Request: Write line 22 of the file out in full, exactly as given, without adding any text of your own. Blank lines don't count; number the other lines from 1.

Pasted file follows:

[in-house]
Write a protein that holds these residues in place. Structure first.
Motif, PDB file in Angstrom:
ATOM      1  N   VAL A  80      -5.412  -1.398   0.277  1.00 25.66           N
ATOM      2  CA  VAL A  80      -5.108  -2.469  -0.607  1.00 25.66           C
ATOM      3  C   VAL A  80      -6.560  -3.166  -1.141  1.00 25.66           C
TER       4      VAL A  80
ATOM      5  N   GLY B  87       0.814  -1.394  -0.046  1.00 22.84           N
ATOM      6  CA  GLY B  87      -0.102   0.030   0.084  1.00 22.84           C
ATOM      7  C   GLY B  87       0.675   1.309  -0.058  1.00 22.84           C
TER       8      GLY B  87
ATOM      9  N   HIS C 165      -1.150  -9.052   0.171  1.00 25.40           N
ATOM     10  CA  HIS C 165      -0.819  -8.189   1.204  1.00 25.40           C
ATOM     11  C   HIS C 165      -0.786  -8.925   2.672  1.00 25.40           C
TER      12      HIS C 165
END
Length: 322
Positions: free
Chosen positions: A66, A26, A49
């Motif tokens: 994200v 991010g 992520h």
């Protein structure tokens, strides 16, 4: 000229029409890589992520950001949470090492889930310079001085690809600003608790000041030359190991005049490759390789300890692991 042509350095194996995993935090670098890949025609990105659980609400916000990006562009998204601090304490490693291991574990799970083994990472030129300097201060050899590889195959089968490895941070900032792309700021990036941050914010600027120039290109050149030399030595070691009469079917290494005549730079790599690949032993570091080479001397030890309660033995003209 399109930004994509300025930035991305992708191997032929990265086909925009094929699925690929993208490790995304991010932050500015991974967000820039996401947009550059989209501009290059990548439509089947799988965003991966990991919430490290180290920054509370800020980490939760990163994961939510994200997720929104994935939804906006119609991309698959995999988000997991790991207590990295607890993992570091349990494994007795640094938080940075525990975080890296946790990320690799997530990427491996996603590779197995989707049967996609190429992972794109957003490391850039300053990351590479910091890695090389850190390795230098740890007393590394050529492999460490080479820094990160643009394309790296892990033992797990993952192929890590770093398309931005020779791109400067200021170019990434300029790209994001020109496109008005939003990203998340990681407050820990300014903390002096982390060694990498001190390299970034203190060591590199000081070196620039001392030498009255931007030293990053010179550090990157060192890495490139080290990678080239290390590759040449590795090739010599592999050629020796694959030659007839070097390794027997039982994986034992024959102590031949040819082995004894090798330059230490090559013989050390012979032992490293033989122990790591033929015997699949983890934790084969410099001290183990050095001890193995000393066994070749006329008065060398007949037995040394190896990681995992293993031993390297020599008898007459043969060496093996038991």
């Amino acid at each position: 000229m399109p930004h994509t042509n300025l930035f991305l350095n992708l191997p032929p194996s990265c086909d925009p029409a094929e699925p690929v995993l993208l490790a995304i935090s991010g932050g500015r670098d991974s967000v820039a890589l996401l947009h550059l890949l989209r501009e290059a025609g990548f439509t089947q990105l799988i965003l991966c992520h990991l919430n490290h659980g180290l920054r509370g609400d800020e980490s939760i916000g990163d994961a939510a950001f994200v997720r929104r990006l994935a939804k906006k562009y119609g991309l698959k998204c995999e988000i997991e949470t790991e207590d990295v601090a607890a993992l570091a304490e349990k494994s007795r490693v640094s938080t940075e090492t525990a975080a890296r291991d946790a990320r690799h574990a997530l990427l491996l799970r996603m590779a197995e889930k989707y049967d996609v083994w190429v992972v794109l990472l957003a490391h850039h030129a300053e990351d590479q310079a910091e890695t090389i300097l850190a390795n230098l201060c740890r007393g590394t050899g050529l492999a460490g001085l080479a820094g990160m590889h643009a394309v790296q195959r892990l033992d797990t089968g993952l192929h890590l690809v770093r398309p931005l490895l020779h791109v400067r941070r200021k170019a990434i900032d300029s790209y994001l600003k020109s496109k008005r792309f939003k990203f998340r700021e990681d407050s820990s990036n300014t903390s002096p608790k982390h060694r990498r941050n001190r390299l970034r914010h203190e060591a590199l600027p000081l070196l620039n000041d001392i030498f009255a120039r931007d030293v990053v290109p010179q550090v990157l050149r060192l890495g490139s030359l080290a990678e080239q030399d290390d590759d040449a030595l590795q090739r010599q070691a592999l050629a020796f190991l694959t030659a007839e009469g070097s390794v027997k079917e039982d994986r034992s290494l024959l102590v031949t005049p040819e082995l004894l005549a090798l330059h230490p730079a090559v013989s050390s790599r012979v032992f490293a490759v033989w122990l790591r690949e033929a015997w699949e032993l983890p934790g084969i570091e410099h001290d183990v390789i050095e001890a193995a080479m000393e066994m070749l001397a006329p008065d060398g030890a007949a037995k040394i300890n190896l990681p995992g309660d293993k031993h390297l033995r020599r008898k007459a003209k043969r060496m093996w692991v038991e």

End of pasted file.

């Amino acid at each position: 000229m399109p930004h994509t042509n300025l930035f991305l350095n992708l191997p032929p194996s990265c086909d925009p029409a094929e699925p690929v995993l993208l490790a995304i935090s991010g932050g500015r670098d991974s967000v820039a890589l996401l947009h550059l890949l989209r501009e290059a025609g990548f439509t089947q990105l799988i965003l991966c992520h990991l919430n490290h659980g180290l920054r509370g609400d800020e980490s939760i916000g990163d994961a939510a950001f994200v997720r929104r990006l994935a939804k906006k562009y119609g991309l698959k998204c995999e988000i997991e949470t790991e207590d990295v601090a607890a993992l570091a304490e349990k494994s007795r490693v640094s938080t940075e090492t525990a975080a890296r291991d946790a990320r690799h574990a997530l990427l491996l799970r996603m590779a197995e889930k989707y049967d996609v083994w190429v992972v794109l990472l957003a490391h850039h030129a300053e990351d590479q310079a910091e890695t090389i300097l850190a390795n230098l201060c740890r007393g590394t050899g050529l492999a460490g001085l080479a820094g990160m590889h643009a394309v790296q195959r892990l033992d797990t089968g993952l192929h890590l690809v770093r398309p931005l490895l020779h791109v400067r941070r200021k170019a990434i900032d300029s790209y994001l600003k020109s496109k008005r792309f939003k990203f998340r700021e990681d407050s820990s990036n300014t903390s002096p608790k982390h060694r990498r941050n001190r390299l970034r914010h203190e060591a590199l600027p000081l070196l620039n000041d001392i030498f009255a120039r931007d030293v990053v290109p010179q550090v990157l050149r060192l890495g490139s030359l080290a990678e080239q030399d290390d590759d040449a030595l590795q090739r010599q070691a592999l050629a020796f190991l694959t030659a007839e009469g070097s390794v027997k079917e039982d994986r034992s290494l024959l102590v031949t005049p040819e082995l004894l005549a090798l330059h230490p730079a090559v013989s050390s790599r012979v032992f490293a490759v033989w122990l790591r690949e033929a015997w699949e032993l983890p934790g084969i570091e410099h001290d183990v390789i050095e001890a193995a080479m000393e066994m070749l001397a006329p008065d060398g030890a007949a037995k040394i300890n190896l990681p995992g309660d293993k031993h390297l033995r020599r008898k007459a003209k043969r060496m093996w692991v038991e």